I’m not an HVAC expert. I didn’t know that many systems emit a tiny bit of carbon monoxide. I talked to someone from a different company who taught me that this is one of the ways that other company gets people to spend thousands, even tens of thousands of dollars on something they don’t really need. Shameful, horrible, but it works for that company.
Take a minute, take a breath, and decide later. “If it’s a good idea today, it will be a good idea tomorrow. Or next week.”
Like I said, I should have sent the family to a hotel and paid for their food instead of signing my name on a $20,000 contract. But I was scared, and their little poison device showed there was a danger. I just didn’t realize that might have been a normal reading.
When you are in a job search everything is scary. When will you lose your house or apartment or car? When will you not be able to buy food? When will utilities get shut off? Slow down, take a breath, and think and make decisions with a level head.
Lesson #2: Get, and value, advice and input from others
I found an honest, amazing guy who wasn’t trying to meet a quote or get me to drop way too much money on something I didn’t need. I found him by asking others I trusted. I guarantee you know someone who knows someone who knows someone they trust. Instead of asking people I went with effective marketing, and I paid the price. It’s even okay to ask multiple people. Facebook makes that easy… I see posts like that all the time. But talk to people who have been in a home for a while and they will tell you who their favorite tile person or electrician or whatever service provider is. These are people already vetted.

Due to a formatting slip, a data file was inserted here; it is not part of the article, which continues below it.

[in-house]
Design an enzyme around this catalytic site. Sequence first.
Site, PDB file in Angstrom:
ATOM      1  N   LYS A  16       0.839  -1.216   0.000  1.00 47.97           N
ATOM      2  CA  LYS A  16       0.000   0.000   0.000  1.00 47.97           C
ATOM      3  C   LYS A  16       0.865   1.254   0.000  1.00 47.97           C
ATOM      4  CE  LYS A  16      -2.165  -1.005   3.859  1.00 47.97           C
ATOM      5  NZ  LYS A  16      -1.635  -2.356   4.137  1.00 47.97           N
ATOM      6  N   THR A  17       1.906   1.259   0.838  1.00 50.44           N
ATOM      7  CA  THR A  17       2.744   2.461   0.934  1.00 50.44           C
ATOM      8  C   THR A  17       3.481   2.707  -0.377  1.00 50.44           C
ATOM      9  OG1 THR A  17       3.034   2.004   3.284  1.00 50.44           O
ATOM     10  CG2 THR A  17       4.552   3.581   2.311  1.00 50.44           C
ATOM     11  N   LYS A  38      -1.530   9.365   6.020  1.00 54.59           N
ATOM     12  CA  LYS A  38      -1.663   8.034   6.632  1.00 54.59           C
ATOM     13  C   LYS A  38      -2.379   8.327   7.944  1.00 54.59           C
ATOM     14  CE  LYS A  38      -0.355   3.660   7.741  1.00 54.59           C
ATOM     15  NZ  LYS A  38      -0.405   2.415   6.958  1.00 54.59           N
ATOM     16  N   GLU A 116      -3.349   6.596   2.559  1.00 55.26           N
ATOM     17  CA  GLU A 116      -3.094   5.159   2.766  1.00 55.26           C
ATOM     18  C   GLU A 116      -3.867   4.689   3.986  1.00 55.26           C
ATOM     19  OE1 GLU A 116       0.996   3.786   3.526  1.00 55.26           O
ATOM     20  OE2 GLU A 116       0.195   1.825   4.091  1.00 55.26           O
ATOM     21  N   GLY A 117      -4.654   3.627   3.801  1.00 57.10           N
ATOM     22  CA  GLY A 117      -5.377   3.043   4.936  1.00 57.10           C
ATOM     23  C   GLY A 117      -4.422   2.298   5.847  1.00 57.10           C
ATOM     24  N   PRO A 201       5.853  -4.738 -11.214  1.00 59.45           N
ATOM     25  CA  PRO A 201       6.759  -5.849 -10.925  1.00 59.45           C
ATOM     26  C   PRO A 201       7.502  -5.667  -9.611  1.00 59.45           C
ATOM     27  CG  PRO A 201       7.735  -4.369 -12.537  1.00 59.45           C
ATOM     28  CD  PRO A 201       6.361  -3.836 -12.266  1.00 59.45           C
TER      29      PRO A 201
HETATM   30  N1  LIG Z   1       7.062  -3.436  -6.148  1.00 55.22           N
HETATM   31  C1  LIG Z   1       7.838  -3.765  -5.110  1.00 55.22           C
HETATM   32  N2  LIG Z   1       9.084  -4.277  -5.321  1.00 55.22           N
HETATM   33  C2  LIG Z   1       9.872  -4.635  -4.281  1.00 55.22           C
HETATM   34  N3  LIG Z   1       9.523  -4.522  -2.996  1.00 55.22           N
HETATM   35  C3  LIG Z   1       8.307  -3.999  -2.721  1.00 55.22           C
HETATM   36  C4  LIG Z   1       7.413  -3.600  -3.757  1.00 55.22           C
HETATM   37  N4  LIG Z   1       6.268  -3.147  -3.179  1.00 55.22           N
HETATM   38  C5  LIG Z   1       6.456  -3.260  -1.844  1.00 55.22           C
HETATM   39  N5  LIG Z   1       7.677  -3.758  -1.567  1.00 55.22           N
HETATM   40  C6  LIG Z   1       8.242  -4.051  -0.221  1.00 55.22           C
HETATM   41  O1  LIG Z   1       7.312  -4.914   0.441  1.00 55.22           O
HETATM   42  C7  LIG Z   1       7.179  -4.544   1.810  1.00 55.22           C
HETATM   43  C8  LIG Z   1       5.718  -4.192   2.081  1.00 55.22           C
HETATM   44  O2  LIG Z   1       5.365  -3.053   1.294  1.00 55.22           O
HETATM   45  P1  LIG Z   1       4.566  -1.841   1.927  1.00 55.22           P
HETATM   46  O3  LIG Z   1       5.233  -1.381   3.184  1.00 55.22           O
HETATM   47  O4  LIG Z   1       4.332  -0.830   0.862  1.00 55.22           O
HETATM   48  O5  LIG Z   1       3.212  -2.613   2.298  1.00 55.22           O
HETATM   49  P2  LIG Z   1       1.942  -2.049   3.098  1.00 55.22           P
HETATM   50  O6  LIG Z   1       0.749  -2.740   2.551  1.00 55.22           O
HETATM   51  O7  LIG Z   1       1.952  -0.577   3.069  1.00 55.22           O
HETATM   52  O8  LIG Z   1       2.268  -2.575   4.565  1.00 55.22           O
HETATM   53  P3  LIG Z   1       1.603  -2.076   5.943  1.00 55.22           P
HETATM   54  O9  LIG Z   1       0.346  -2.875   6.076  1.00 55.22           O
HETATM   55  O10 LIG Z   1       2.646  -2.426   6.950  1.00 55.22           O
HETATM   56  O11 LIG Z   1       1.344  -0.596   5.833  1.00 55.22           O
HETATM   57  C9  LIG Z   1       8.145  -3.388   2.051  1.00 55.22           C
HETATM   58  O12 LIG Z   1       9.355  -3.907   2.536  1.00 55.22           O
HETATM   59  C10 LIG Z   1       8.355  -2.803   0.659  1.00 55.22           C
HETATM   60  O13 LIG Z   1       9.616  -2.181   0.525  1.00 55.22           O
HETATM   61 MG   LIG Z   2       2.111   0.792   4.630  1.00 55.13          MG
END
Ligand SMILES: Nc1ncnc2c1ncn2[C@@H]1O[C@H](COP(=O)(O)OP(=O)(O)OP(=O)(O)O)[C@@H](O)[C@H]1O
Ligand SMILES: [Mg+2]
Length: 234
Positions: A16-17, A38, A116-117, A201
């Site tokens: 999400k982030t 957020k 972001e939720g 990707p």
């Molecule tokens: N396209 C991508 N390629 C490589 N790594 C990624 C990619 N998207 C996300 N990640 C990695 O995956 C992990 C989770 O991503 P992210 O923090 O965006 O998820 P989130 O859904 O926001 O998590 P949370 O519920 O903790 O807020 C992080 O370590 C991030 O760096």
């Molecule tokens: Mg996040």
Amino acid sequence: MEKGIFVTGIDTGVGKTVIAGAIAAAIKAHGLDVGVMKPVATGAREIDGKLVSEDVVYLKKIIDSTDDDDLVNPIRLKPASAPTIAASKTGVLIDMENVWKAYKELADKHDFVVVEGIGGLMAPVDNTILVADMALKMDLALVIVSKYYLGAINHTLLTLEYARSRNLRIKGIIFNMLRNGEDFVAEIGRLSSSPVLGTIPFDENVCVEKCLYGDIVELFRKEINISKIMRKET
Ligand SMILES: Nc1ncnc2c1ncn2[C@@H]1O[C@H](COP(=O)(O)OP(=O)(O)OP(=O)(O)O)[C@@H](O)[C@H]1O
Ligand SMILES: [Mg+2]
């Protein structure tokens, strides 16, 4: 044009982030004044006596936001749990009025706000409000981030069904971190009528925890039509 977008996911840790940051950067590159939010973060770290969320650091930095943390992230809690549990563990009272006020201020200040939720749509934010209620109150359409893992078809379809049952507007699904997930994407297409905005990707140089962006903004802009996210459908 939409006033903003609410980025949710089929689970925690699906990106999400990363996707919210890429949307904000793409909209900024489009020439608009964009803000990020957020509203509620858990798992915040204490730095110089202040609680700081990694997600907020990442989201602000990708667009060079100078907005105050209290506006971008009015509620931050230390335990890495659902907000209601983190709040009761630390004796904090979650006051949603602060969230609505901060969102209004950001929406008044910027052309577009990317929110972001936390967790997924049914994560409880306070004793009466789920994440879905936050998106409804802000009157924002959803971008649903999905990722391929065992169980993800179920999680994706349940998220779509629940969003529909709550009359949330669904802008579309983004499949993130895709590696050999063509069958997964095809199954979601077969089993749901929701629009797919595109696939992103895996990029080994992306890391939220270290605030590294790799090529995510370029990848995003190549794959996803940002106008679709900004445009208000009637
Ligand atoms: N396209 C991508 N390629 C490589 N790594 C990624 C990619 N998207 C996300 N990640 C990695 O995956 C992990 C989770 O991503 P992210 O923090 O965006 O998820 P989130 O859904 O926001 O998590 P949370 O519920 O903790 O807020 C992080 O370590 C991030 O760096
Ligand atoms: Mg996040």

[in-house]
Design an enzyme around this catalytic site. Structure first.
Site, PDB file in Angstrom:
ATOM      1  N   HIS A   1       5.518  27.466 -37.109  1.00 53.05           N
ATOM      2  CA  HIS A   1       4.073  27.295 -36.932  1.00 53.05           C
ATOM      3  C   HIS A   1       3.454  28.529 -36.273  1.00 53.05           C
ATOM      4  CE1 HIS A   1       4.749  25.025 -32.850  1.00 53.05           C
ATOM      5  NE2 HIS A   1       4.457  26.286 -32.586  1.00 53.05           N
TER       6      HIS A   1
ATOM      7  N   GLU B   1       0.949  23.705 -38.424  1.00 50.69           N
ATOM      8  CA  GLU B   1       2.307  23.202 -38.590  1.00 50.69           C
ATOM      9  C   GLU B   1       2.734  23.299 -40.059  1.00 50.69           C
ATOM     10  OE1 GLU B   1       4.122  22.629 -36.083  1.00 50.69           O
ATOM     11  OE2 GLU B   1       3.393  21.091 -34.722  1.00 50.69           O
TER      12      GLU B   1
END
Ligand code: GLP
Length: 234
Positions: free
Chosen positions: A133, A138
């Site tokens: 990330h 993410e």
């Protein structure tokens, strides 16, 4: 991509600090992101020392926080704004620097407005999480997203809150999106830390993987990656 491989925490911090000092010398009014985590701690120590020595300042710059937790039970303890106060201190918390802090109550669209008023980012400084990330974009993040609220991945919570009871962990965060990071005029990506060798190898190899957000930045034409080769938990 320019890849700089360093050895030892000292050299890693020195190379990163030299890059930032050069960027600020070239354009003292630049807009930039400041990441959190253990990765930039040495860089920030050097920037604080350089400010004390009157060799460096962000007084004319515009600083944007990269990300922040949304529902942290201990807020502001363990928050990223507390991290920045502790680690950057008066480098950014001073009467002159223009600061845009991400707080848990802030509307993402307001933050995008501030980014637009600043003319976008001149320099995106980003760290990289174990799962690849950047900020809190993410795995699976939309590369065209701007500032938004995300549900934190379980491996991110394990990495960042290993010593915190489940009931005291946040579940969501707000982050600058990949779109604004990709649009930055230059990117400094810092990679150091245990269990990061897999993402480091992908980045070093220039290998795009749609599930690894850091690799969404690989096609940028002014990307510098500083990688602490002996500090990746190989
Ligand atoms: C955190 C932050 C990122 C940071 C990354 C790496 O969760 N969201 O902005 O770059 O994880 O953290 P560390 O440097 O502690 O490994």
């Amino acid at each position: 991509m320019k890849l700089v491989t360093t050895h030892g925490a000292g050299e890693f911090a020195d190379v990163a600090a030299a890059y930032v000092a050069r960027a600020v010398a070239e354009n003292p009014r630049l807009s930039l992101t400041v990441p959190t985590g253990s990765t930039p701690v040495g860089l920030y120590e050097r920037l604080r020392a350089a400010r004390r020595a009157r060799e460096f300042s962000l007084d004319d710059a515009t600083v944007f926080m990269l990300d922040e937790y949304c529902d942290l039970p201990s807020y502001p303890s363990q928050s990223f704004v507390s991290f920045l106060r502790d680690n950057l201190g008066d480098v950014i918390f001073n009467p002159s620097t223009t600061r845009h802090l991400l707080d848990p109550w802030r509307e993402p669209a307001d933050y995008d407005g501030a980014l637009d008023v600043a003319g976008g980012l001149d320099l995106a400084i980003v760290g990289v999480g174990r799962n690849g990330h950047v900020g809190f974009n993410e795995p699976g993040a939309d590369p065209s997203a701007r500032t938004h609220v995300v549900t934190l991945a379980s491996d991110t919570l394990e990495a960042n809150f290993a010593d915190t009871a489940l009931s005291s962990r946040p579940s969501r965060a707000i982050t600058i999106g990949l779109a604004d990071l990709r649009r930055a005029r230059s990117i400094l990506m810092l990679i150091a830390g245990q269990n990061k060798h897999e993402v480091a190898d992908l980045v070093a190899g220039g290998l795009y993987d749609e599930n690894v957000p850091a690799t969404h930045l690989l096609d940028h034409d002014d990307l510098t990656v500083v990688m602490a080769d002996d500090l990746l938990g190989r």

In the job search, ask people how they landed their job. Maybe everyone will say through job boards, or maybe most people will say they knew someone who knew someone (that is networking). You don’t have to do this alone… ask others. There is no shame in asking, and many people are more than glad to share what they have learned, help you avoid pitfalls, and learn about tactics and tools that actually work.
My tale is still something that makes me wince. But I won’t have to learn career lesson with that company again. I’m done with them. The good lessons I learned, though, will stay with me. I’ve even got my own little list of service providers I trust, and I’ll share them with my neighbors… if they ask.